While male friendships that focus on beer, beer and more beer are a familiar British tradition, they are not usually the subject matter of plays.
While male friendships that focus on beer, beer and more beer are a familiar British tradition, they are not usually the subject matter of plays. And that is one of the reasons why the physical-theatre company Frantic Assembly was acclaimed for its originality when it first performed Hymns, in 1999. But in 2005 the content seems rather dated and simplistic.
Hymns is a sadistic black comedy that starts when four friends, Scott, Steven, Karl and Simon, meet up at the funeral of another friend. Deciding to go to the pub to honour his memory, they fall into their old ways as soon as they get inside the pub door. As the bad jokes start to flow - "What do you call a man with a rabbit up his arse? Warren" - you feel sympathy for men who are clearly straining to reproduce a well-rehearsed performance of friendship. At regular intervals they break into physical routines, dangling off ladders, jumping across furniture and balancing in impossible positions. The movement exposes the demands of their friendship.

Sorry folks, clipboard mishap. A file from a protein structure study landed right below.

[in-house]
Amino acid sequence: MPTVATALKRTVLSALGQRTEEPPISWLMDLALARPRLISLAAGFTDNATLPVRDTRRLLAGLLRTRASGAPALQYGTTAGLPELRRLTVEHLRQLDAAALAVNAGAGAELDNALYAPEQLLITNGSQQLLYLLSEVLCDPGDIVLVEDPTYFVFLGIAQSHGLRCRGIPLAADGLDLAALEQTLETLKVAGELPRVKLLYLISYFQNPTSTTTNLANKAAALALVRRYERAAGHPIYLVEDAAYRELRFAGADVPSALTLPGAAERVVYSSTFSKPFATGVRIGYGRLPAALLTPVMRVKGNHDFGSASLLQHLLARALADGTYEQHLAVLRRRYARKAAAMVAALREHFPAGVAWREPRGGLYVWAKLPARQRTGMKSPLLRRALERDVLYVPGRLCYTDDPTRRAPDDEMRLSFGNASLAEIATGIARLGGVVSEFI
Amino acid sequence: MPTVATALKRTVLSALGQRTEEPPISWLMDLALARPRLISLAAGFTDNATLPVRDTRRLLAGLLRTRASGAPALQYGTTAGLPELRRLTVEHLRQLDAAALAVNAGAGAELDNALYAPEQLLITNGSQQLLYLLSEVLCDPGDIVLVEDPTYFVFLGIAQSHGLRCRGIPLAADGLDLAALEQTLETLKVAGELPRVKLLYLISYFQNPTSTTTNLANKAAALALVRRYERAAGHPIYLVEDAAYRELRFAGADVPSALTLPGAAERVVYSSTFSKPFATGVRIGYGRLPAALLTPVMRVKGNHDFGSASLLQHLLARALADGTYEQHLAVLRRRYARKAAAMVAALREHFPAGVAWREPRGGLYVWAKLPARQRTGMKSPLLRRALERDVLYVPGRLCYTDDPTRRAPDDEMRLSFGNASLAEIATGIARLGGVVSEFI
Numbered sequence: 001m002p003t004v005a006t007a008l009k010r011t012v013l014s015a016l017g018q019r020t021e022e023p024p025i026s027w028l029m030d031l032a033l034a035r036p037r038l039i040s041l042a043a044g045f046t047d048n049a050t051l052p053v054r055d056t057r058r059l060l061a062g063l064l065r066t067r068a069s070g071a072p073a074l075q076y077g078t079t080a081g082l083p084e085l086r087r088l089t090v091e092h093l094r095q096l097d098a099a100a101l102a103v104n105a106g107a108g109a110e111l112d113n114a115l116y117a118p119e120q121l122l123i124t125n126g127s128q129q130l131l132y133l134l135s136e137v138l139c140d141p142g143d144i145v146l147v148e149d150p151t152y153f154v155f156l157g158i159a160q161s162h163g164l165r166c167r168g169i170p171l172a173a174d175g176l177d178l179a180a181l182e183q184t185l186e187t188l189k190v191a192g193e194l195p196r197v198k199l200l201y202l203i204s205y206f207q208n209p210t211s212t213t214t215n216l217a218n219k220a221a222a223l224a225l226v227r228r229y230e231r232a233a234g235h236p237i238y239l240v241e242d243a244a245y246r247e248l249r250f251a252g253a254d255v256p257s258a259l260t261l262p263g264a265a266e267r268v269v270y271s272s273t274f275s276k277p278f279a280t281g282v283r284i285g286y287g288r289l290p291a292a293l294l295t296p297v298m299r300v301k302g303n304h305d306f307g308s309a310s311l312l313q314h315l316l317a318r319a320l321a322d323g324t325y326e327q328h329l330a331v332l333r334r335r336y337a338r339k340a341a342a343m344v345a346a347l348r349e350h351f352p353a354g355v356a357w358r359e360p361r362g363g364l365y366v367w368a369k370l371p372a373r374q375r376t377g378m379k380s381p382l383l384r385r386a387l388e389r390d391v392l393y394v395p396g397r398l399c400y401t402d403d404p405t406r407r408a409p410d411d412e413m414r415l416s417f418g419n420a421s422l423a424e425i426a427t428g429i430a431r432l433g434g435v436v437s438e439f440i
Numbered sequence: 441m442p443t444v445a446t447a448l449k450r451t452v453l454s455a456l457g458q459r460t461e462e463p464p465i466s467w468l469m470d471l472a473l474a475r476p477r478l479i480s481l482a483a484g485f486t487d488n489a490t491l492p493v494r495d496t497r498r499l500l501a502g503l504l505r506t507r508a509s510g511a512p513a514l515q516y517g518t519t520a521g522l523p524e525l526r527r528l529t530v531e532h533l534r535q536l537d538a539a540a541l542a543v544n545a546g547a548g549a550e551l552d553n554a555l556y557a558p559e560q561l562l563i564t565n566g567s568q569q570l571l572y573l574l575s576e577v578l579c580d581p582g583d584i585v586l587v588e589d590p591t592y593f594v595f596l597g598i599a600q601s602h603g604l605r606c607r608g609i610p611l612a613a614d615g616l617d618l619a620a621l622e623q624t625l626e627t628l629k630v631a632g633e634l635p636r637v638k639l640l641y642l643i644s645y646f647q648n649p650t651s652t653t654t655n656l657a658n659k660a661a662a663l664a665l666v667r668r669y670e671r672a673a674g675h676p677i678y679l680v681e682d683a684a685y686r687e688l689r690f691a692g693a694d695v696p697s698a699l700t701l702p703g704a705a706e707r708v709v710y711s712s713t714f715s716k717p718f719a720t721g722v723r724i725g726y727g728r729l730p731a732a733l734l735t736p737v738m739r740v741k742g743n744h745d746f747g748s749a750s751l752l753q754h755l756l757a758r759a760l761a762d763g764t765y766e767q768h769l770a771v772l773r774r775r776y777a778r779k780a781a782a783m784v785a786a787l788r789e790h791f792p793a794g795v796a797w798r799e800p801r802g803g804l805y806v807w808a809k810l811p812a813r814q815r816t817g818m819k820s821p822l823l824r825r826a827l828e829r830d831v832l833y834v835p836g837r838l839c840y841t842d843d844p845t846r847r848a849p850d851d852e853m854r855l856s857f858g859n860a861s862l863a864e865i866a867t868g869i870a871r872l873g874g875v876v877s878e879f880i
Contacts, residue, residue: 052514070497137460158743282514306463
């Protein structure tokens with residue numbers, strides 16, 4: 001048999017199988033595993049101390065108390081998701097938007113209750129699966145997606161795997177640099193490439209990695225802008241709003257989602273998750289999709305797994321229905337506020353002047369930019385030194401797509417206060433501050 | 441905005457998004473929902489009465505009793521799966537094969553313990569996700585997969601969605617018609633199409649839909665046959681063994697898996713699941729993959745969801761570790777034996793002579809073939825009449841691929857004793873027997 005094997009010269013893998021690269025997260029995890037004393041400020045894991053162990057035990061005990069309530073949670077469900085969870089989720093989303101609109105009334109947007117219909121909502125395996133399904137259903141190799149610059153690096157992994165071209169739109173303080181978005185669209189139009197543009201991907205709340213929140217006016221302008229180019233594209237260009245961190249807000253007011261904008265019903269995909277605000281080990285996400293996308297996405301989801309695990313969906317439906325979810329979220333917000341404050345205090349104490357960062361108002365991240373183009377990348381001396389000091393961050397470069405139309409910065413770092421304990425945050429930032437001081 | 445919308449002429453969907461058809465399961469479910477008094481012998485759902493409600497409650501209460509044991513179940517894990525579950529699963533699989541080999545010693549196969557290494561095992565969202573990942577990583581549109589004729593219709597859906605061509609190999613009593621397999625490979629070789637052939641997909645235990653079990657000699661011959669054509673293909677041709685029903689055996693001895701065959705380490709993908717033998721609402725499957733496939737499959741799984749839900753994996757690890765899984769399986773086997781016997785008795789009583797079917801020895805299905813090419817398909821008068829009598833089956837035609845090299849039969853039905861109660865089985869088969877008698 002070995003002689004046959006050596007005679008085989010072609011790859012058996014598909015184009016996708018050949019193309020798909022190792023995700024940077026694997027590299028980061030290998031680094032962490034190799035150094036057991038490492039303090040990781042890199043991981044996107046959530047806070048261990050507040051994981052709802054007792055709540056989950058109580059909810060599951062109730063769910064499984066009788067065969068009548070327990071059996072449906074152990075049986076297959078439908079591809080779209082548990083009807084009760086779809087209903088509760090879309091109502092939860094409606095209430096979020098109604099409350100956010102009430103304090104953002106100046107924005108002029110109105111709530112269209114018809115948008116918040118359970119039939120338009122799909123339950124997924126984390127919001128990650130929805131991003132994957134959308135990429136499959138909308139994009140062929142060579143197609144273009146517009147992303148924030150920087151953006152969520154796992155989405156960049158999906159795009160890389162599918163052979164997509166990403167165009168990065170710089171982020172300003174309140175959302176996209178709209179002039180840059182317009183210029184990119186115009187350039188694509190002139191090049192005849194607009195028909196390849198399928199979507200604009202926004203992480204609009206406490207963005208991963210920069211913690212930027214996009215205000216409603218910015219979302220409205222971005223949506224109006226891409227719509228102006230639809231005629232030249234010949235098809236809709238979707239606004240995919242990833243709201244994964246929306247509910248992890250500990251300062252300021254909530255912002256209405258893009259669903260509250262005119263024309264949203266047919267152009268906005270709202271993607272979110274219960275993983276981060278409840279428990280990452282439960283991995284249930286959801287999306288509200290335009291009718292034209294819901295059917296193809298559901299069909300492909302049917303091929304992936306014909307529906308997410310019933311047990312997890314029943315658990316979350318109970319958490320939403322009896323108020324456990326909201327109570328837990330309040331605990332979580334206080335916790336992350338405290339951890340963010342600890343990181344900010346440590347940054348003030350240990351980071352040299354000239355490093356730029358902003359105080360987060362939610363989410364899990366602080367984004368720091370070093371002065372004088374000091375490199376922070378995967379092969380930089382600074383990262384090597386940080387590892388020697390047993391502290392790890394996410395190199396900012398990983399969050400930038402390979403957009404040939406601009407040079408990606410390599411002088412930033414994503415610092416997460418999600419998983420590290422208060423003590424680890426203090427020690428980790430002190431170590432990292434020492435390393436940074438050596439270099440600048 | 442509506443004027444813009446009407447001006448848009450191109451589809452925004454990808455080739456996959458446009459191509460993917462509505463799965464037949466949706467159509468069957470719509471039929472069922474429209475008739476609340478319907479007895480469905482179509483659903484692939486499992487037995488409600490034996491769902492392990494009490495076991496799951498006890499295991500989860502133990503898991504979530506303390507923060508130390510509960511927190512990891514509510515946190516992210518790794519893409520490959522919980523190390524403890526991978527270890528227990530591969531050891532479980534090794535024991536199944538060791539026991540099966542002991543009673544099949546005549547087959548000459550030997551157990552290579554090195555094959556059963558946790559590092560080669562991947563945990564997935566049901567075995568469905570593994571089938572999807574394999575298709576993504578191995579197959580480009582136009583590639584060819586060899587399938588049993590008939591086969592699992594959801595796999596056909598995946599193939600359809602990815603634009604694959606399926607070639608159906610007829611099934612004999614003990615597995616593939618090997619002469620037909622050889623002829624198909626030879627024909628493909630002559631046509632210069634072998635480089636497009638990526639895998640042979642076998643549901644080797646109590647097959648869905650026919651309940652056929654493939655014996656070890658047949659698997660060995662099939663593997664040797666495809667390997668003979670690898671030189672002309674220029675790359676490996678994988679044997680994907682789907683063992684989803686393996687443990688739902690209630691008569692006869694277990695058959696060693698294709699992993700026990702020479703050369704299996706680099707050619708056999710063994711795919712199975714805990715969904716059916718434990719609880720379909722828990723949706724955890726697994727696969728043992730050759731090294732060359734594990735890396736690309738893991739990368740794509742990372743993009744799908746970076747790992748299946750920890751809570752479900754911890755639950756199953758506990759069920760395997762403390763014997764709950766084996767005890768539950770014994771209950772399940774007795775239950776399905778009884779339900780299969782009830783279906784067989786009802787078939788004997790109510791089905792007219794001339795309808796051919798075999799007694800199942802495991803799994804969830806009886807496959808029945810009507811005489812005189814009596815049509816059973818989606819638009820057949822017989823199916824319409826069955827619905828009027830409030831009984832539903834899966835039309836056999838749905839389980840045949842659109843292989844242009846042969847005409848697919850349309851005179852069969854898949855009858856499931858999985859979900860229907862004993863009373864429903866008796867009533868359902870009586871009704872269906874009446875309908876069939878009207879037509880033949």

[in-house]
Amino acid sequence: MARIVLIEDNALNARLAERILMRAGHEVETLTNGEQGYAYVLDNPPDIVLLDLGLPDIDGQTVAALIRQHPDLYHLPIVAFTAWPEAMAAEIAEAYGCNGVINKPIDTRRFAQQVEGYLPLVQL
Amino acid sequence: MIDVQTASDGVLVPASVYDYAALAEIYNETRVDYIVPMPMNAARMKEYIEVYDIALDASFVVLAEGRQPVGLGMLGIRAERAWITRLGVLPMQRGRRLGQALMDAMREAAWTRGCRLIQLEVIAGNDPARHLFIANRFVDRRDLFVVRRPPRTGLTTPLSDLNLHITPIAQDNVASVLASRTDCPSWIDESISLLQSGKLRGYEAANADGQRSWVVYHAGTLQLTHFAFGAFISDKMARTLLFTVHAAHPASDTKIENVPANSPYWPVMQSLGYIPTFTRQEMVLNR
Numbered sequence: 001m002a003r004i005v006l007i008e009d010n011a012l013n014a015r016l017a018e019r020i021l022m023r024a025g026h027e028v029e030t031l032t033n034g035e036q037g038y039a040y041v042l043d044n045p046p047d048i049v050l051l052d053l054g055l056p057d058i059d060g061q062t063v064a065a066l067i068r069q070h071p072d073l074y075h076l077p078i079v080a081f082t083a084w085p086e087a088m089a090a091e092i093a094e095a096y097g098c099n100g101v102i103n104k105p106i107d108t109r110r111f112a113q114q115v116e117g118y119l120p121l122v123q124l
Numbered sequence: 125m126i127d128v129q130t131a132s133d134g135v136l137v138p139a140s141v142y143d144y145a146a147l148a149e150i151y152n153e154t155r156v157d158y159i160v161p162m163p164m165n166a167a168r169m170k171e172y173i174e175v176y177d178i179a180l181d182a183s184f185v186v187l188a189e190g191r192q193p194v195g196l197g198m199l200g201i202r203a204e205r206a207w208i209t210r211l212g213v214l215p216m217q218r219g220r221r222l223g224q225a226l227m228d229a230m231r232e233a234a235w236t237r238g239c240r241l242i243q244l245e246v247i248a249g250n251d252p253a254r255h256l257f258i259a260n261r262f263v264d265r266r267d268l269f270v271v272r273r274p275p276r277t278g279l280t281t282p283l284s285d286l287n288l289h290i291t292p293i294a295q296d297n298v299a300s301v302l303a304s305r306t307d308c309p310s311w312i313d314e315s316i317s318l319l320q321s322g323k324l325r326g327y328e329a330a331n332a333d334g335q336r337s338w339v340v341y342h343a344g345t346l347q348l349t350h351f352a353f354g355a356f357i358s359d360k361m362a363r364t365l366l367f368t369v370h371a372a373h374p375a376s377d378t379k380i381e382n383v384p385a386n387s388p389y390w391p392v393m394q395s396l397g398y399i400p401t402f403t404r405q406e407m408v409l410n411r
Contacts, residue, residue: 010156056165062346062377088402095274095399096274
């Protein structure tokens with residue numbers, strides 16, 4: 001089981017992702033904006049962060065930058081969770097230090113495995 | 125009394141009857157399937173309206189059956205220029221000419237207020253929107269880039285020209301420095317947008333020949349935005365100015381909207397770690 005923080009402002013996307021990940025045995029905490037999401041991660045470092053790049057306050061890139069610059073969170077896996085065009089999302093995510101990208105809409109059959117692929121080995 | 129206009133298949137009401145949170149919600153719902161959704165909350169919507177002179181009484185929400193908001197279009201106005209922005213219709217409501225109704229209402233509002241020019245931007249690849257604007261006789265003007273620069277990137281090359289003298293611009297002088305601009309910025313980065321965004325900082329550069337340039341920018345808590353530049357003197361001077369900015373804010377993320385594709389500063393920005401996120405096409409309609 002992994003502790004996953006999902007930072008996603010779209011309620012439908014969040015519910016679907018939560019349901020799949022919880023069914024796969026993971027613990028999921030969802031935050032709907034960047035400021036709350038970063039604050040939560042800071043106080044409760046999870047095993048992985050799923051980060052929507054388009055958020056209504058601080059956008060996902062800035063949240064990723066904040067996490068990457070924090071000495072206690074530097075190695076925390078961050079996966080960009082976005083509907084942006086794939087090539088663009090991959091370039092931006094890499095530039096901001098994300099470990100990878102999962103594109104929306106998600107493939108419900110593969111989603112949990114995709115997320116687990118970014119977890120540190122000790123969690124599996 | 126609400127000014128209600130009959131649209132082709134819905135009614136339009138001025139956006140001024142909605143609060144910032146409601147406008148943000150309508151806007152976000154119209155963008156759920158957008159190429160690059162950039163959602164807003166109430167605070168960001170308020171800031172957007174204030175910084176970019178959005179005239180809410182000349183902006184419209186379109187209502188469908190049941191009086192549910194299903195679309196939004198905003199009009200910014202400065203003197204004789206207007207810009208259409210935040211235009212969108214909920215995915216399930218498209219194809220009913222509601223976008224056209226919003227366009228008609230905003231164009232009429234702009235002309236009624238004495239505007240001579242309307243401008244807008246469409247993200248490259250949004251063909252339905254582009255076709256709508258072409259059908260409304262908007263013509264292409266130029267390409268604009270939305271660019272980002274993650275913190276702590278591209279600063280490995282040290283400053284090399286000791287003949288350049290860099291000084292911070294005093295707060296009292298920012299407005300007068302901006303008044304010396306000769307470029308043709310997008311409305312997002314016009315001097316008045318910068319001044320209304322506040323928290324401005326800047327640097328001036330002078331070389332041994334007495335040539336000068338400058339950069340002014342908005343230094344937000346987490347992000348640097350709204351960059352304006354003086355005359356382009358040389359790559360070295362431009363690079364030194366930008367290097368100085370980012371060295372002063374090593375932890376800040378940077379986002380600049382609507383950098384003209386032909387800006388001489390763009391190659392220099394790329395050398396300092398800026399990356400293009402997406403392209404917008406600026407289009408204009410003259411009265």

The text paints a picture of male camaraderie in the mould of the Nineties lad culture of Men Behaving Badly. That said, the joy of watching Frantic Assembly is that its unique style breathes fresh air into this old material.
The dialogue is punctuated by innovative physical set pieces. At one point, the characters are each encouraged to share their feelings with the rest of the group as a means of coming to terms with their loss. In turn, each sits on a chair that is balanced on its hind legs, supported by the rest of the cast, on top of a table. The stage is lit by one light, shining torturously into his eyes. The chair rocks to and fro, creaking ominously in the darkness beneath each victim; until the last man climbs down, no one can be sure how this gruesome, confessional game will end. Such episodes show how effectively Frantic Assembly can tell a story, regardless of subject matter.
The script is no masterpiece. The final revelation that the state of the men's friendship has led indirectly to their friend's death is predictable. But the cast handle the dialogue with energy and precision, every line sailing toward the audience on a sea of testosterone. The text also has a moralistic edge: as long as you listen to your friends' needs and answer the phone when they call, they won't kill themselves. Only the high performance values prevent this production from seemingly horribly self-righteous.
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